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Bees can be extremely defensive. For example, Africanised bees in Central and South America will chase beekeepers for more than one kilometre. In Europe also there are bees that will sting innocent people passing by a hive. In Norway they had such bees and the Norwegians said, "Whilst we have these bees we need no military alliances!"
Defensive bees are inconvenient in beekeeping. They are time-consuming because you need to defend yourself against the stings. Every sting is a loss because a bee dies after it has stung. It is also a nuisance to need to dress in veil and hat and to cover your body completely so that the bees cannot sting you.
Many beekeepers dream of having peaceful bees that they can examine without any problems. They do exist. In Denmark and Sweden, many beekeepers examine their hives without using protective clothing.
The bees do not sting and they continue their activities when the beekeeper takes out the frames and looks at them in the sun.
How can bees become peaceful? It may be accomplished in several ways. The first thing to notice is that some bee colonies are defensive, whilst other colonies are peaceful. This points towards a natural variation that could be used through selection, as explained below.
Another point is that even peaceful bees can sometimes be defensive. This can be caused by the weather. If you examine your hives in a strong wind, during a rainstorm, or when a thunderstorm is near, the bees will often become defensive. Certainly inclement weather can cause a disturbance inside the hive when the roof is taken off.
The behaviour of the beekeeper is also very important. I have learned much from my doctor to whom I taught beekeeping. His actions are always planned and he never makes a sudden movement. In fact, he has never made a mistake. I asked him why and he said that during an operation you must behave in the same way, "If you make a mistake you could seriously damage the patient." Since I heard his advice I work in the same way and my bees like it.
You should be polite when you visit the bees. First, you have to "knock on the door", which you do by sending a little smoke in through the opening of the hive. Wait a minute before opening the hive. Perhaps a little more smoke should be used. The smoke must be cool. You can feel its temperature by blowing it on your own skin: cool smoke is white; hot smoke is blue. After that you examine each frame as necessary. Cover the frames that have been examined - the darkness makes the bees feel they are inside the hive and continue their work.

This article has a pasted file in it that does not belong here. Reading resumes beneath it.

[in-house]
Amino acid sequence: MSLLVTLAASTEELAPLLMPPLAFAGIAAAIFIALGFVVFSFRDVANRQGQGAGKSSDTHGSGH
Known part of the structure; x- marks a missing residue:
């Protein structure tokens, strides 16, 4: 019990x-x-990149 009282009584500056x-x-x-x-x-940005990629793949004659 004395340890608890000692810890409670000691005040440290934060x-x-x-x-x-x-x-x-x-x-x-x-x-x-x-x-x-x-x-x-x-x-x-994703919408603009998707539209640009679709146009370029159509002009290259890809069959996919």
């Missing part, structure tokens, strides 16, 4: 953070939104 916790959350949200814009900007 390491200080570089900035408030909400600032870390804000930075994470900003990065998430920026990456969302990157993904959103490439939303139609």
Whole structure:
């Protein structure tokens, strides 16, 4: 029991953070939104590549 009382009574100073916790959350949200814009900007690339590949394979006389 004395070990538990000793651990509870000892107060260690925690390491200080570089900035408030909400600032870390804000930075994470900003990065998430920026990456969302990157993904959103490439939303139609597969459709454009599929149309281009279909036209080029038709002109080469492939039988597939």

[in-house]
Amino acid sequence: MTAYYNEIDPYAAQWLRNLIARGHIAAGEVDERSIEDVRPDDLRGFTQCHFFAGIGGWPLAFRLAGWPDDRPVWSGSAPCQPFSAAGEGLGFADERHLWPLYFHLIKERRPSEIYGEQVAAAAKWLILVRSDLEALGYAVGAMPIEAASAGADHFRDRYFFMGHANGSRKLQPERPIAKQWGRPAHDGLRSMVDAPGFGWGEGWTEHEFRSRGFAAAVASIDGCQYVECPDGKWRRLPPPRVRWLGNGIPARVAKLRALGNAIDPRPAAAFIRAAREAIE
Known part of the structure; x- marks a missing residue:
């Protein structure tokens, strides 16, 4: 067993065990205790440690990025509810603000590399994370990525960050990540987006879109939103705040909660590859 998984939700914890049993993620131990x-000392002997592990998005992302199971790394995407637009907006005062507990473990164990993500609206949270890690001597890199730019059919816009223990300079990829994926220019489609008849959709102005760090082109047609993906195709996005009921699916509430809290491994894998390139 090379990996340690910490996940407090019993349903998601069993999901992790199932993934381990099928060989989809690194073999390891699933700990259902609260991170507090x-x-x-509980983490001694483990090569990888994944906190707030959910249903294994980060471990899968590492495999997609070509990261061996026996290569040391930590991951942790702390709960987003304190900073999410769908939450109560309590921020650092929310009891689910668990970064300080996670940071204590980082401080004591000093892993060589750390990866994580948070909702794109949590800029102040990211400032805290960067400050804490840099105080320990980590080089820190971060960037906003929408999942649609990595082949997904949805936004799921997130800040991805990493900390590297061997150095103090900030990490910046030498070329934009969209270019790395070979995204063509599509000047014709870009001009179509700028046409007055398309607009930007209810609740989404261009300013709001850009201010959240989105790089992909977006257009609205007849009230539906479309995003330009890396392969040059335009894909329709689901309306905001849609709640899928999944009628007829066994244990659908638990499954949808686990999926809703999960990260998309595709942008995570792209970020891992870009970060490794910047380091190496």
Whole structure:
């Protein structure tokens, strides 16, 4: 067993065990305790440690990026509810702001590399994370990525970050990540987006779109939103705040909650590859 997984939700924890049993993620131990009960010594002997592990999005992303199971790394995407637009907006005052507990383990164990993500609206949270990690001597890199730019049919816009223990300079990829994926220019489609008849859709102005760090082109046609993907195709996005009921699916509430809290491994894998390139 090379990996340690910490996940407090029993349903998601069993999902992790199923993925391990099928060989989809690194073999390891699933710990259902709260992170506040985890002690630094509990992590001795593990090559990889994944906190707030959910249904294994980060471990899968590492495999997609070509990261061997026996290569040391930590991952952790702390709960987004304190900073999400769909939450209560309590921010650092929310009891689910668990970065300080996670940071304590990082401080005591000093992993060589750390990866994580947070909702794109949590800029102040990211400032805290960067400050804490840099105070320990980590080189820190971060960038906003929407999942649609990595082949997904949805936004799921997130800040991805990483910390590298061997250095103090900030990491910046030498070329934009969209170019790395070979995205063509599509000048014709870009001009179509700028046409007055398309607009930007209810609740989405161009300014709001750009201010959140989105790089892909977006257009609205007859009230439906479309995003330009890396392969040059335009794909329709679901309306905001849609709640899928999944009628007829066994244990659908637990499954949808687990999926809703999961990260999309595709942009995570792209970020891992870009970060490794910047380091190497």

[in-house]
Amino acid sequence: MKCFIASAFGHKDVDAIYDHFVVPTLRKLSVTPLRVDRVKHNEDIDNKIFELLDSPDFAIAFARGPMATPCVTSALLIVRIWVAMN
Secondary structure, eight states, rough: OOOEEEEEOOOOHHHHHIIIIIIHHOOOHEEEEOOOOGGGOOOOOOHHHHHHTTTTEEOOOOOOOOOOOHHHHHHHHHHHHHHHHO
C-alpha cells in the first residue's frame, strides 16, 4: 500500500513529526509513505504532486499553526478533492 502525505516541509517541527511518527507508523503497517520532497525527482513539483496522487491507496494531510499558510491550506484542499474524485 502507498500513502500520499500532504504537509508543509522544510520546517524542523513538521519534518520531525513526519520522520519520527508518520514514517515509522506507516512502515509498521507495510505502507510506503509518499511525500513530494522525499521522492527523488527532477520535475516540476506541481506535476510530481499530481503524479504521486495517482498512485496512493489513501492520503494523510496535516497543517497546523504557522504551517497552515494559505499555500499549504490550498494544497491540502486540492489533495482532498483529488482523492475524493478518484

Bees recall odours and scents very well (remember that flowers use scent to attract bees), and some odours and scents make them defensive. The best thing to do is to use clean clothes. Your body should also be clean. If you are stung on your skin or on your clothes, take the sting away immediately with your fingernail and blow smoke on the spot to disguise the scent. The sting is alive and it releases scents called pheromones that call the other bees to react defensively.
BREEDING FOR PEACE
The bees of northern Europe used to be very defensive. They had to protect themselves against bears that would use their claws to open the hollow trees with the bees inside. The bees attacked the bear where they could around its nose and eyes. Consequently, these were also the targets the bees would attack when beekeepers opened the hives. Nowadays the descendants of these bees are not defensive in that way. Primitive queen rearing can take some defensiveness away. When you start new colonies use queen cells from the most peaceful colonies. It helps, but not very much if the bees are allowed to mate freely. It has been demonstrated that you can make bees peaceful in two or three generations. You need an island at least 3 km from the coast (bees cannot fly over such a distance), or you can use an isolated valley. There you place peaceful colonies, or if there are colonies there already, you replace their queens with offspring from peaceful colonies. The colonies on the island or in the valley are also used to supply drones.
The beekeeper takes new queens from peaceful colonies and sends them to the island or valley in a small cage with 1-2 dl (enough to fill a cup) of worker bees, and no drones. The queens will mate with the local drones, which means peaceful crossed with peaceful. If you continue this through two or three generations, all the new queens will make peaceful colonies.
We do not know why it is so easy to create peaceful bees in northern Europe, and we do not know if the technique can be used in Africa or America. The bees must not become so peaceful that they cannot defend themselves. Some defensiveness against their enemies is necessary, especially in Africa where honey badgers, birds, wasps and other insects eat bees. It is also good that bad beekeepers are treated as enemies.
First published in Bees for Development Journal 58